What can schools do?

 

Every child should be able to breathe clean air. 

Because children and young people are disproportionately affected by the health effects of polluted air it is important that our schools do what they can to improve air quality in and around their communities.

We also believe that schools can play an important role in educating our children and young people about the effects and sources of air pollution to equip future generations with the skills and knowledge needed to care for our air in the future.

By working together as a city, we can best protect the health of children in Leeds.

 

Raise awareness of idling

 

Engine idling is when a vehicle’s engine is left on needlessly when it is stationary or waiting.  It emits harmful particles and gases into the air.

Idling cars and buses are a particular problem outside of schools. When Leeds City Council asked residents where we should tackle idling as part of a recent consultation, more people said outside of schools than anywhere else.

As part of our wider anti-idling work, 30 primary schools are teaching children about the problem and installing anti-idling signs designed by competition winning pupils. 

We’re also making a new anti-idling banner available to all interested schools, nurseries or colleges while stocks last. If you represent one of these, please contact us to find out more.

Email Clean Air Leeds

 

Promote sustainable and active travel

 

One of the best ways to clean the air around your school is to encourage fewer students and staff to commute by car. 

At thirty primary schools across Leeds, pupils are being encouraged to swap four wheels for two and scoot to school using shared scooters instead of being driven.

Leeds City Council work with all schools in the city to develop tailored travel plans that promote safe and sustainable travel for pupils and staff. 

By promoting cleaner and more sustainable ways to travel to and from school, schools can help minimise emissions and support healthy active lifestyles that mean children arrive ready to learn. Plus, parents and children can feel safer near roads outside of schools when there are fewer cars using them.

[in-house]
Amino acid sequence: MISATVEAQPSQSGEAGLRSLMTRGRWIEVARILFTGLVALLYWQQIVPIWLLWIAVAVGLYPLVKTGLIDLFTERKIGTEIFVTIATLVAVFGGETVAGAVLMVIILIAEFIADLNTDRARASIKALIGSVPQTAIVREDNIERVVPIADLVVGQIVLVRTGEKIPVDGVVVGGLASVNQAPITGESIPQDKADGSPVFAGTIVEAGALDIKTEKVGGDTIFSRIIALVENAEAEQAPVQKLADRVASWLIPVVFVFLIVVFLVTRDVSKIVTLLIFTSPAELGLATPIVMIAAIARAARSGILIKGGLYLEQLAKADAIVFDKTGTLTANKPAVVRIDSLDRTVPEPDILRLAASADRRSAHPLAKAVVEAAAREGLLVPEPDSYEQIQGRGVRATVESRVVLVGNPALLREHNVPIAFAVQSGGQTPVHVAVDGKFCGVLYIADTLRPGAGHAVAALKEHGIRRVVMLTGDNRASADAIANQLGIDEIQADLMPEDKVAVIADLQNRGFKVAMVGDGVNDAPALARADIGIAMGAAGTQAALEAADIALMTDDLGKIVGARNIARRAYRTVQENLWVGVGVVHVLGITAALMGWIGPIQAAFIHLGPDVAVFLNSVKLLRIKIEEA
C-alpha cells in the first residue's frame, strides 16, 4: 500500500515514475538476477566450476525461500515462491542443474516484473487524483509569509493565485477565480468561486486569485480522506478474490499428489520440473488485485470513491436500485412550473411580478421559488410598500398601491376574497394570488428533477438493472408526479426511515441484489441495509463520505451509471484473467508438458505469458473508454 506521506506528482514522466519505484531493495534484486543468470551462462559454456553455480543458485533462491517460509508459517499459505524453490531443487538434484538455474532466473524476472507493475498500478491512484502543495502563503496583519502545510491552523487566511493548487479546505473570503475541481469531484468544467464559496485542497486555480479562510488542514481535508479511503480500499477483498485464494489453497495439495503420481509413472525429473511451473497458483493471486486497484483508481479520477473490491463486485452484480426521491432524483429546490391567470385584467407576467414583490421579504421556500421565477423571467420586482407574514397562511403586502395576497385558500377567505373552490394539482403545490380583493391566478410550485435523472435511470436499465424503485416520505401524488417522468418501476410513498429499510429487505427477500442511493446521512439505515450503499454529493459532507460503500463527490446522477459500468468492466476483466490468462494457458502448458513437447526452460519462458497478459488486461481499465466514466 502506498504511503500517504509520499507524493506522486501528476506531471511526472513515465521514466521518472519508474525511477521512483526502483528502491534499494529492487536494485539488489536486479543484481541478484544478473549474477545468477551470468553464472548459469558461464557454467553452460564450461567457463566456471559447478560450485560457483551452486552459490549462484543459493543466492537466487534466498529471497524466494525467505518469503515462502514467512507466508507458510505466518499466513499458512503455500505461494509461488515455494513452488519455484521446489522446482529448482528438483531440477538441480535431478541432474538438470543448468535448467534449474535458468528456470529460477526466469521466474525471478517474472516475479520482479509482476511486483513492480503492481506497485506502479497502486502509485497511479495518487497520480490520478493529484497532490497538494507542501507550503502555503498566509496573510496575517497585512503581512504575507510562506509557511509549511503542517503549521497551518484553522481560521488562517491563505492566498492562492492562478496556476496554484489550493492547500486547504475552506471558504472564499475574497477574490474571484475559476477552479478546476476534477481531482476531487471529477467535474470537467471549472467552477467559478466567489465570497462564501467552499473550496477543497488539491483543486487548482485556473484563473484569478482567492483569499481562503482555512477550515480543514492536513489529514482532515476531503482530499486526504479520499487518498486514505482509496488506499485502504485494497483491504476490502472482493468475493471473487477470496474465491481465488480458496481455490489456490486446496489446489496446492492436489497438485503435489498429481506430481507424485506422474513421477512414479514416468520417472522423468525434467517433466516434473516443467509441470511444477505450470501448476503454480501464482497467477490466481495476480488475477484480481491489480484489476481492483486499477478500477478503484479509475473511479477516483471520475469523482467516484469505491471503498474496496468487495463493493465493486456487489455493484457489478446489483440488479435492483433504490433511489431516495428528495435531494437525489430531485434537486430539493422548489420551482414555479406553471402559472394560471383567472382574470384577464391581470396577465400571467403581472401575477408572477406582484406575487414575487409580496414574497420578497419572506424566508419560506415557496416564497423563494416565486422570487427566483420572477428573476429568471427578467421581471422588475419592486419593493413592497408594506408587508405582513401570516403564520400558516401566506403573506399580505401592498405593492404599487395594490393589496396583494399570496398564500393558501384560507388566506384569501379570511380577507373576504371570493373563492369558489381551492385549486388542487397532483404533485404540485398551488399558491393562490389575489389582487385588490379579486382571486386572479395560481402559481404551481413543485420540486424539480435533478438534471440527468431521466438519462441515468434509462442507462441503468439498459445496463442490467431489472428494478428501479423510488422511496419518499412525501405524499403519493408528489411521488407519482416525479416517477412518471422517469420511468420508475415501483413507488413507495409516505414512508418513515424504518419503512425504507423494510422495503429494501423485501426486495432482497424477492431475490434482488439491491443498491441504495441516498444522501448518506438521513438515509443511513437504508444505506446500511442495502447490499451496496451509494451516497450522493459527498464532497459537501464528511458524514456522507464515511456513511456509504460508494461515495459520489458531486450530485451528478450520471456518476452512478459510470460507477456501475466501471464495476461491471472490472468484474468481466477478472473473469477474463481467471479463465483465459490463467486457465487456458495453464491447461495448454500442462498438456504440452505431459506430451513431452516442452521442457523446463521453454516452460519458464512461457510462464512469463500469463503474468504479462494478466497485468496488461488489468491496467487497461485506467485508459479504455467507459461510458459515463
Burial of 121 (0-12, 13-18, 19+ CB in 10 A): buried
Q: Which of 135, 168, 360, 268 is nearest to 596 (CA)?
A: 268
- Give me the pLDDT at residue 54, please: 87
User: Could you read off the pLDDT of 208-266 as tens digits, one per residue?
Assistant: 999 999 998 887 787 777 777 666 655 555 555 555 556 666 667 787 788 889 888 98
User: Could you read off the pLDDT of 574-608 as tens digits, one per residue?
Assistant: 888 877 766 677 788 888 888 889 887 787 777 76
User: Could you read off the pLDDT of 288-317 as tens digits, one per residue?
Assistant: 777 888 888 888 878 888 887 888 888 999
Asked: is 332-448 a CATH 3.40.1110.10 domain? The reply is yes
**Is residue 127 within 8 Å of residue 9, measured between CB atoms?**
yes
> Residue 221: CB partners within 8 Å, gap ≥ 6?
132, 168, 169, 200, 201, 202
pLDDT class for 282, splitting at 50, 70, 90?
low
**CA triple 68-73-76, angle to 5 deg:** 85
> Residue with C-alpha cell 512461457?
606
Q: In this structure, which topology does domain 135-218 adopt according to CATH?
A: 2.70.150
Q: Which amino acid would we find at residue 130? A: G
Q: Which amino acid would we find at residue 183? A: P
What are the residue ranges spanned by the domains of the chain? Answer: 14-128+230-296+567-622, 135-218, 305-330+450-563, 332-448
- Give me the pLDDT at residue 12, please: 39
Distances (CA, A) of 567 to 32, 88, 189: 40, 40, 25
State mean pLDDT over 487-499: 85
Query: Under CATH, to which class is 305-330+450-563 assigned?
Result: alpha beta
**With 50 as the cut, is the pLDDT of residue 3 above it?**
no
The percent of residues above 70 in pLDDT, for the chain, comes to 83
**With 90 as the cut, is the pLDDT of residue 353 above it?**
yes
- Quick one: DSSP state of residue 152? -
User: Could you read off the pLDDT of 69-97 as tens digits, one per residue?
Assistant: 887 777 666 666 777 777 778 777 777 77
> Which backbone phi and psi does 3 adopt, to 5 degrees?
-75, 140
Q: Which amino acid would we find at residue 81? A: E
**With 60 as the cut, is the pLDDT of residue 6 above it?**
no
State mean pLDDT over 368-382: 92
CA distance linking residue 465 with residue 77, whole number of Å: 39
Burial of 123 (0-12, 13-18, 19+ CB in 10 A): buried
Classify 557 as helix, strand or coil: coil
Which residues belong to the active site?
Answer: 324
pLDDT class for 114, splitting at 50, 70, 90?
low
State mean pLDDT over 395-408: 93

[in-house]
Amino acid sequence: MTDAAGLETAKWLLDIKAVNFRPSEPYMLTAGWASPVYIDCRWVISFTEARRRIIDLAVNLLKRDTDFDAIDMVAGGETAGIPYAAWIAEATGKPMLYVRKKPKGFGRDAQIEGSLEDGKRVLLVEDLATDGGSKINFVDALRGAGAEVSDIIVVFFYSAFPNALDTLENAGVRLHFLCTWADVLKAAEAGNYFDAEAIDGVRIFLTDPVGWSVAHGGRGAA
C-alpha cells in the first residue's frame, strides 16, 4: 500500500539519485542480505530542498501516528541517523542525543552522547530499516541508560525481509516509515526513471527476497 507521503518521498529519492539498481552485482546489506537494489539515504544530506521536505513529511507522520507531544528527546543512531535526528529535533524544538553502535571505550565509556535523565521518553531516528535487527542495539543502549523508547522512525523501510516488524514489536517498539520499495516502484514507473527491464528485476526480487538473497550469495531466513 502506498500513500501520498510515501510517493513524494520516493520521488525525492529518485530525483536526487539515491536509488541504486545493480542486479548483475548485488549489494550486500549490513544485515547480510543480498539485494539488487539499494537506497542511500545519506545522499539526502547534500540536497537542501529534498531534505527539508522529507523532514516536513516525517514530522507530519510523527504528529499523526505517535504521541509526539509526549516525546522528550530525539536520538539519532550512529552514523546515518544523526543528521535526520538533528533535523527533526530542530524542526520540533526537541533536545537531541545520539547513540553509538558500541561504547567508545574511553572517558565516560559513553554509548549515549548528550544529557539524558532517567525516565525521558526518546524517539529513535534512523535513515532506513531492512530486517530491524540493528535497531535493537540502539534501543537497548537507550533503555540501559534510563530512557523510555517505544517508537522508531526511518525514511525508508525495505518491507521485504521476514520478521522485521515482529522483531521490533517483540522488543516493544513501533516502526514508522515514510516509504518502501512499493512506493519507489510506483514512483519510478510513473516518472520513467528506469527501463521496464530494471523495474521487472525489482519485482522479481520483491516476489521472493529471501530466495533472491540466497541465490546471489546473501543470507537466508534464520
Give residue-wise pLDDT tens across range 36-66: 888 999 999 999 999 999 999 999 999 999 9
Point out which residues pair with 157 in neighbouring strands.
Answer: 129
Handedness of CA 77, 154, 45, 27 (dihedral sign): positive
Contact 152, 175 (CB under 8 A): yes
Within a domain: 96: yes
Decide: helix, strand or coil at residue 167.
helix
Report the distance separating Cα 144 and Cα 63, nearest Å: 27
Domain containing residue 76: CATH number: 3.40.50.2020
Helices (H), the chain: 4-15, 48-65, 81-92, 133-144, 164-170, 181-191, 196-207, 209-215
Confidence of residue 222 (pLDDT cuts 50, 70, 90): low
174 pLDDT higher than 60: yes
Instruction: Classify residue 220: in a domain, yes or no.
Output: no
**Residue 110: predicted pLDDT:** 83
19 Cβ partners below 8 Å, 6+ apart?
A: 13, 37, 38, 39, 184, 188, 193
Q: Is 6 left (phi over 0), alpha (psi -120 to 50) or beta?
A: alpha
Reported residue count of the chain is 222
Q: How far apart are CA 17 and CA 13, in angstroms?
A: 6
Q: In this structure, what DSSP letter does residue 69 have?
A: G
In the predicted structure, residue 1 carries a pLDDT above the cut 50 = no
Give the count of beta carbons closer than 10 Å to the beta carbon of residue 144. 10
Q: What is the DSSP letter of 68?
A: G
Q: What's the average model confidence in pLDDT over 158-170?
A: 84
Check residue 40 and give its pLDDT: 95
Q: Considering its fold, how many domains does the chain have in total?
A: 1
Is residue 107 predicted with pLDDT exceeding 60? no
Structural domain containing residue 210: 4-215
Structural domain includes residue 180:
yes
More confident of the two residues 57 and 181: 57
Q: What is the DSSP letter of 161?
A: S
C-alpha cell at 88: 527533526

How can your school promote sustainable and active travel? 

There are lots of ways that schools can promote sustainable and active travel. Here are ten ideas:

  1. Introduce a school travel ambassador scheme where pupils volunteer to promote safe, sustainable and active travel.
  2. Book road safety training for your pupils.
  3. Ask pupils to design a persuasive poster campaign to display in your school, at the school gates or in your local community. 
  4. Host an air quality stall at school events to spread the word about air pollution.
  5. Start a walking bus where children and/or volunteers walk in a group, picking up or dropping off ‘passengers’ at specific ‘bus stops’ along their school route.
  6. Introduce a park and stride for pupils that live too far to walk, scoot, or cycle into school. This is where students/staff park at least 500 metres away from the school and walk/cycle/scoot the rest of the way. 
  7. Take part in any of these ace active travel initiatives: Bike week, The Big pedal, Walk to School week, the Schools Yorkshire Tour, or Scootember, Car Free Day, Clean Air Day.
  8. Ask your parent-teacher association to help promote sustainable travel. 
  9. Get your school to enrol in the national Modeshift STARS scheme, which recognises and awards schools that have demonstrated excellence in promoting cycling, walking or other forms of sustainable travel.
  10. Encourage car sharing for those who do need to drive or be driven. 

Follow @SaferRoadsLeeds on Twitter for new ideas to promote safe and sustainable travel. 

Road safety and sustainable travel for schools

Modeshift STARS scheme

Take part in our competitions

Leeds City Council regularly run competitions and other incentives for Leeds schools to get involved in. Dozens of schools participated in our Schools Yorkshire Tour, ‘Green Miles’ and ‘Clean Air Leeds Champions’ competitions to encourage sustainable travel and raise awareness of air pollution. 

Let us know if your school may be interested in taking part in future competitions.

Email Clean Air Leeds

 

Myths

Let's clear a few things up

Myth:

Cyclists and pedestrians are exposed to more air pollution than drivers

Fact:

Wrong. As well as being better for your health and fitness, evidence shows that cyclists and pedestrians are also less exposed to air pollution than people in vehicles. This is because your air filter probably doesn’t remove pollution from the air it circulates and being on the road itself means that your vehicles is surrounded by exhaust fumes. Pedestrians and cyclists are also less exposed because even 1 metre away from traffic, there is considerably less pollution than on the road itself.

Myth:

Turning your engine on and off again whilst sat in traffic releases more emissions than leaving it running.

Fact:

Whether you’re stuck in traffic or just waiting to pick someone up, if you think that your car might be stationary for more than 2 minutes it’s better to turn your engine off than leave it running. Doing so will reduce the amount of gases harmful to our health and the environment that your car emits. It’s an easy way to reduce your own contribution to air pollution!

News

All the latest from Clean Air Leeds

We know we need to improve air quality in the city and are committed to doing our bit to make a difference.

What we are doing